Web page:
10. Liu, J. H., & Hilton, D. (2005). How the past weighs on the present: Social representations of history and their role in identity politics. British Journal of Social Psychology, 44, 537–556.CrossRefGoogle Scholar
  11. Liu, J. H., & Sibley, C. G. (2009). Culture, social representations, and peacemaking: A symbolic theory of history and identity. In C. Montiel & N. Noor (Eds.), Peace psychology in Asia (pp. 21–39). UK: Springer.CrossRefGoogle Scholar
  12. Liu, J. H., Wilson, M. W., McClure, J., & Higgins, T. R. (1999). Social identity and the perception of history: Cultural representations of Aotearoa/New Zealand. European Journal of Social Psychology, 29, 1021–1047.CrossRefGoogle Scholar
  13. Mummendey, A., & Wenzel, M. (1999). Social discrimination and tolerance in intergroup relations: Reactions to intergroup difference. Personality and Social Psychology Review, 3, 158–174.CrossRefGoogle Scholar
  14. Nosek, B. A., Banaji, M. R., & Greenwald, A. G. (2002). Harvesting implicit group attitudes and beliefs from a demonstration website. Group Dynamics, 6, 101–115.CrossRefGoogle Scholar
  15. Sibley, C. G. (2010). The dark duo of post-colonial ideology: A model of symbolic exclusion and historical negation. Manuscript submitted for publication. Google Scholar
  16. Sibley, C. G., & Barlow, F. K. (2009). Ubiquity of whiteness in majority group national imagination: Australian = White, but New Zealander does not. Australian Journal of Psychology, 61, 119–127.CrossRefGoogle Scholar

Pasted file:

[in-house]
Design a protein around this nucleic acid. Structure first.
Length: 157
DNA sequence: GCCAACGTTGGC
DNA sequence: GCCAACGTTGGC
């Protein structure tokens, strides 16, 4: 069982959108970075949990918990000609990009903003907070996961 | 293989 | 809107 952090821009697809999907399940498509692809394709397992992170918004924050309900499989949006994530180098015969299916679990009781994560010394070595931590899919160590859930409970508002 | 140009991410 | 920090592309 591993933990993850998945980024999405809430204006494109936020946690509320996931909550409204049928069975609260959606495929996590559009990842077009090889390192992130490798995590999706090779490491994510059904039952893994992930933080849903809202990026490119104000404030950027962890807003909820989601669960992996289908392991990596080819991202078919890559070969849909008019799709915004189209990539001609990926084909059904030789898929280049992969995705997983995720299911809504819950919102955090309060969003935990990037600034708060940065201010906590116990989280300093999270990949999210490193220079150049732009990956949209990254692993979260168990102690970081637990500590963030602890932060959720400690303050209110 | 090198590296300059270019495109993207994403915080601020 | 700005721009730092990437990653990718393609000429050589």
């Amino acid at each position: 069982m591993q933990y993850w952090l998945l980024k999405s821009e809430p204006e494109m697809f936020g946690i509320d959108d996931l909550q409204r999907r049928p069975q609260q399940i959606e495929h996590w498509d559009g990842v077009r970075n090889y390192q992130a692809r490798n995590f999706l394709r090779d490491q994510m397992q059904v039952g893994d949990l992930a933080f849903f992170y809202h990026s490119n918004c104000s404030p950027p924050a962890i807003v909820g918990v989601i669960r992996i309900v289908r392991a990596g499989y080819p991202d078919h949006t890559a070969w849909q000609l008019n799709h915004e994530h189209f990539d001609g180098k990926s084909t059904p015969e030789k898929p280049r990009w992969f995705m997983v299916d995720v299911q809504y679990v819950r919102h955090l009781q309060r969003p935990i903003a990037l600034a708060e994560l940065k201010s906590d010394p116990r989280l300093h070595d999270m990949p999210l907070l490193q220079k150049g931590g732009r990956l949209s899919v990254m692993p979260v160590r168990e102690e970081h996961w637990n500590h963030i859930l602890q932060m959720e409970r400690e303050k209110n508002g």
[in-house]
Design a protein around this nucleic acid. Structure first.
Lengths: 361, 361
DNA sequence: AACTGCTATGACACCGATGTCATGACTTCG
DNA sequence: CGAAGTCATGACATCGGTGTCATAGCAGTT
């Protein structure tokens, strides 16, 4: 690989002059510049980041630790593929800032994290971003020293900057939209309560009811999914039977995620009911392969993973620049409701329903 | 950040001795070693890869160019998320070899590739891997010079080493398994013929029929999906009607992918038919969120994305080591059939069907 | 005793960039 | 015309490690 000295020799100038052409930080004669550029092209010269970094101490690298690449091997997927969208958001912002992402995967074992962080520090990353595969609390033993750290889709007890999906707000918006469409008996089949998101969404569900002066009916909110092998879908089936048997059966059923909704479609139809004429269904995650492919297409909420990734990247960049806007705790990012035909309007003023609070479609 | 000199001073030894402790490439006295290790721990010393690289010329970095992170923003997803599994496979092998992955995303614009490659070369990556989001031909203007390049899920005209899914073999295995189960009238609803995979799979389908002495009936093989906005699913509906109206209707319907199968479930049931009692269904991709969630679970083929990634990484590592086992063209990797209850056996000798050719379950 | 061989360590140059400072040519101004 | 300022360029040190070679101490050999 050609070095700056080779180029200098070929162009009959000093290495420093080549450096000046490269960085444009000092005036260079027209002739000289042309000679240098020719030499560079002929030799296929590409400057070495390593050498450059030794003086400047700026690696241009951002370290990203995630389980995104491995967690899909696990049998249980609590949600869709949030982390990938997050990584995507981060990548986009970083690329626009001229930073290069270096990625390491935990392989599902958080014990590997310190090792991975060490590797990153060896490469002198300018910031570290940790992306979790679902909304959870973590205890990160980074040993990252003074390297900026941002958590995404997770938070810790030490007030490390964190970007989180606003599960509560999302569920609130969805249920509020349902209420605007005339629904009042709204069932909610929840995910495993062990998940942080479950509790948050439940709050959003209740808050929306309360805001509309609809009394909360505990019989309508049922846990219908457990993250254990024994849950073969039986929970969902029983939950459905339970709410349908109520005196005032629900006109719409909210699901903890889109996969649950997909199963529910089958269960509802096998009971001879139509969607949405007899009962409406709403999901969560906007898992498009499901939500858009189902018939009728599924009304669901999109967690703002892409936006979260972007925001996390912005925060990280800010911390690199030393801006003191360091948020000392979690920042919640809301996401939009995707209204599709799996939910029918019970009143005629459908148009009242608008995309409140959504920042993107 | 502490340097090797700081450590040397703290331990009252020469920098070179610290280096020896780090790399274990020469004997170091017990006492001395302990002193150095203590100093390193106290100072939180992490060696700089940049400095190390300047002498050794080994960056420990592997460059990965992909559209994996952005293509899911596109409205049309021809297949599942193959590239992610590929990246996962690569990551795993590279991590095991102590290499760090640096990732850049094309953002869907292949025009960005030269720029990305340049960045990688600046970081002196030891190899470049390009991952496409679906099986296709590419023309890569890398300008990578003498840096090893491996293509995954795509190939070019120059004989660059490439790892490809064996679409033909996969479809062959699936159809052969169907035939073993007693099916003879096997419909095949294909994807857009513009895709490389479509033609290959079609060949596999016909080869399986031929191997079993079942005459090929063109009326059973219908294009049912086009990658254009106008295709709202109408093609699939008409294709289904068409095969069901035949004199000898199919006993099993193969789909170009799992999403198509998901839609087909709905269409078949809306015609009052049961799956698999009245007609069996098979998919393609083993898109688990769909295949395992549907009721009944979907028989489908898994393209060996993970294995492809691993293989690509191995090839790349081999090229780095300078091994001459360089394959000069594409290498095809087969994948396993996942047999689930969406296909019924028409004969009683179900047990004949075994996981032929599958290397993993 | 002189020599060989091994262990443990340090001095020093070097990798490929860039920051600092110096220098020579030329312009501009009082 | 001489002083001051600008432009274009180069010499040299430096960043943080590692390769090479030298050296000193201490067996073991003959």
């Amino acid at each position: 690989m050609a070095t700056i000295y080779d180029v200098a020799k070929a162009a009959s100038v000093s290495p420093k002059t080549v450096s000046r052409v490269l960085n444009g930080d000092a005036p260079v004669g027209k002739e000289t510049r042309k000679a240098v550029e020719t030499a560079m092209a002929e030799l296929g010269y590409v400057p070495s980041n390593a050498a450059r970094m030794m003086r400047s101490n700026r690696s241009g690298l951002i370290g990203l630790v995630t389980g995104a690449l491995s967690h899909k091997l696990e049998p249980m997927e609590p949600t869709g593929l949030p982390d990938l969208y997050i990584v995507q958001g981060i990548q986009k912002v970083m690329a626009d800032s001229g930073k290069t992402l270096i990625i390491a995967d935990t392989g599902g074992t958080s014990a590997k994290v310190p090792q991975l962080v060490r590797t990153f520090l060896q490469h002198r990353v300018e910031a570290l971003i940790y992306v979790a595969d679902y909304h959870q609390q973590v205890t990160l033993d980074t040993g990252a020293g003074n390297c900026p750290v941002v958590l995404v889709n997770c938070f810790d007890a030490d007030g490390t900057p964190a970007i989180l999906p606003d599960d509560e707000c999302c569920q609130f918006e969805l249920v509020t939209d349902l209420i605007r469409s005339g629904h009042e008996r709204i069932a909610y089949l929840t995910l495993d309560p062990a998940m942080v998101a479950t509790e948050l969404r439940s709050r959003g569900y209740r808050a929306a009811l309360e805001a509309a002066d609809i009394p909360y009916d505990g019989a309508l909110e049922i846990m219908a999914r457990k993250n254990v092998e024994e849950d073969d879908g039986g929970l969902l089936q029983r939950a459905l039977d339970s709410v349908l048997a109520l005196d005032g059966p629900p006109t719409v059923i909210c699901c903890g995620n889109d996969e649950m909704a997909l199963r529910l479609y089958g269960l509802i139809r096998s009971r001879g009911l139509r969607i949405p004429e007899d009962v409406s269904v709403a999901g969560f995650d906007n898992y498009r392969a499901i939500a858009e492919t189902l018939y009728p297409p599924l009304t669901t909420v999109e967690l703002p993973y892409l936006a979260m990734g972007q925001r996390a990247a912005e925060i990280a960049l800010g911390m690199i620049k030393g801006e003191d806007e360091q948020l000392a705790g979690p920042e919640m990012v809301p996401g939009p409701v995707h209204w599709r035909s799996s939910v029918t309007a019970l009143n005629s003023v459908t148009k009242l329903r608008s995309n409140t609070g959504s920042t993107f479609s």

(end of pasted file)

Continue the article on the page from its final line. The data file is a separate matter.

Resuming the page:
17. Sibley, C. G., & Liu, J. H. (2004). Attitudes towards biculturalism in New Zealand: Social dominance and Pakeha attitudes towards the general principles and resource-specific aspects of bicultural policy. New Zealand Journal of Psychology, 33, 88–99.Google Scholar
  18. Sibley, C. G., & Liu, J. H. (2007). New Zealand = bicultural? Implicit and explicit associations between ethnicity and nationhood in the New Zealand context. European Journal of Social Psychology, 37, 1222–1243.CrossRefGoogle Scholar
  19. Sibley, C. G., Liu, J. H., & Khan, S. S. (2008). Who are ‘we’? Implicit associations between ethnic and national symbols for Māori and Pakeha in New Zealand. New Zealand Journal of Psychology, 38, 2–14.Google Scholar
  20. Sibley, C. G., Hoverd, W. J., & Liu, J. H. (2009). Social representations of New Zealand national character and identity. Papers on Social Representations.Google Scholar
  21. Stephan, W. G., & Stephan, C. W. (2000). An integrated threat theory of prejudice. In S. Oskamp (Ed.), Reducing prejudice and discrimination (pp. 23–46). Hillsdale, NJ: Lawrence Erlbaum.Google Scholar
  22. Tajfel, H., & Turner, J. C. (1979). An intergrative theory of intergroup conflict. In W. G. Austin & S. Worchel (Eds.), The Social Psychology of Intergroup Relations (pp. 33–47). Monterey, CA: Brooks/Cole.Google Scholar
  23. The Social Report. (2008). Wellington. NZ: Ministry of Social Development.Google Scholar
  24. Vaughan, G. M. (1978). Social change and intergroup preferences in New Zealand. European Journal of Social Psychology, 8, 297–314.CrossRefGoogle Scholar

Copyright information

© Springer Science+Business Media B.V. 2010

Authors and Affiliations

  • Jessica F. Harding
    • 1
  • Chris G. Sibley
    • 3
    Email author
  • Andrew Robertson
    • 2
  1. 1.University of AucklandAucklandNew Zealand
  2. 2.Colmar BruntonWellingtonNew Zealand
  3. 3.Department of PsychologyUniversity of AucklandAucklandNew Zealand

Personalised recommendations